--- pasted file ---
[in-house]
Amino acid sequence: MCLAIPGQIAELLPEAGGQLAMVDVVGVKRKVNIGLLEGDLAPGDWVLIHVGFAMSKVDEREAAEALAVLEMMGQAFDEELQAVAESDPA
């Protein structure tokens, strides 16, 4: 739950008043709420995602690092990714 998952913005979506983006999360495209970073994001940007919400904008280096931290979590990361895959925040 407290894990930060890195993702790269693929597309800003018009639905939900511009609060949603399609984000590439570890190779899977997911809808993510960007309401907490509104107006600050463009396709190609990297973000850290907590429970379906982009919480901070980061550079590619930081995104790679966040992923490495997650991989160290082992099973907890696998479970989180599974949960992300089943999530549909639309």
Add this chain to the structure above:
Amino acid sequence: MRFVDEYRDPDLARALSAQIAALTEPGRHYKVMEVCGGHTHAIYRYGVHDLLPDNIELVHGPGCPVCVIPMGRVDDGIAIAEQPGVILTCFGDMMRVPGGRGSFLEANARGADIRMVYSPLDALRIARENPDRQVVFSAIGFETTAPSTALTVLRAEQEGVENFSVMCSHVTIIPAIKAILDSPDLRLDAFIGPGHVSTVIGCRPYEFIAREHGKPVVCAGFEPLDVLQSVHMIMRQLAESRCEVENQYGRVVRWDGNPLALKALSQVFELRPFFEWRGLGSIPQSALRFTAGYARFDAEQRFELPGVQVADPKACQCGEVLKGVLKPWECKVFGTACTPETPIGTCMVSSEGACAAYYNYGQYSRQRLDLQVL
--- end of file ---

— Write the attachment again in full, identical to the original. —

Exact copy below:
[in-house]
Amino acid sequence: MCLAIPGQIAELLPEAGGQLAMVDVVGVKRKVNIGLLEGDLAPGDWVLIHVGFAMSKVDEREAAEALAVLEMMGQAFDEELQAVAESDPA
């Protein structure tokens, strides 16, 4: 739950008043709420995602690092990714 998952913005979506983006999360495209970073994001940007919400904008280096931290979590990361895959925040 407290894990930060890195993702790269693929597309800003018009639905939900511009609060949603399609984000590439570890190779899977997911809808993510960007309401907490509104107006600050463009396709190609990297973000850290907590429970379906982009919480901070980061550079590619930081995104790679966040992923490495997650991989160290082992099973907890696998479970989180599974949960992300089943999530549909639309």
Add this chain to the structure above:
Amino acid sequence: MRFVDEYRDPDLARALSAQIAALTEPGRHYKVMEVCGGHTHAIYRYGVHDLLPDNIELVHGPGCPVCVIPMGRVDDGIAIAEQPGVILTCFGDMMRVPGGRGSFLEANARGADIRMVYSPLDALRIARENPDRQVVFSAIGFETTAPSTALTVLRAEQEGVENFSVMCSHVTIIPAIKAILDSPDLRLDAFIGPGHVSTVIGCRPYEFIAREHGKPVVCAGFEPLDVLQSVHMIMRQLAESRCEVENQYGRVVRWDGNPLALKALSQVFELRPFFEWRGLGSIPQSALRFTAGYARFDAEQRFELPGVQVADPKACQCGEVLKGVLKPWECKVFGTACTPETPIGTCMVSSEGACAAYYNYGQYSRQRLDLQVL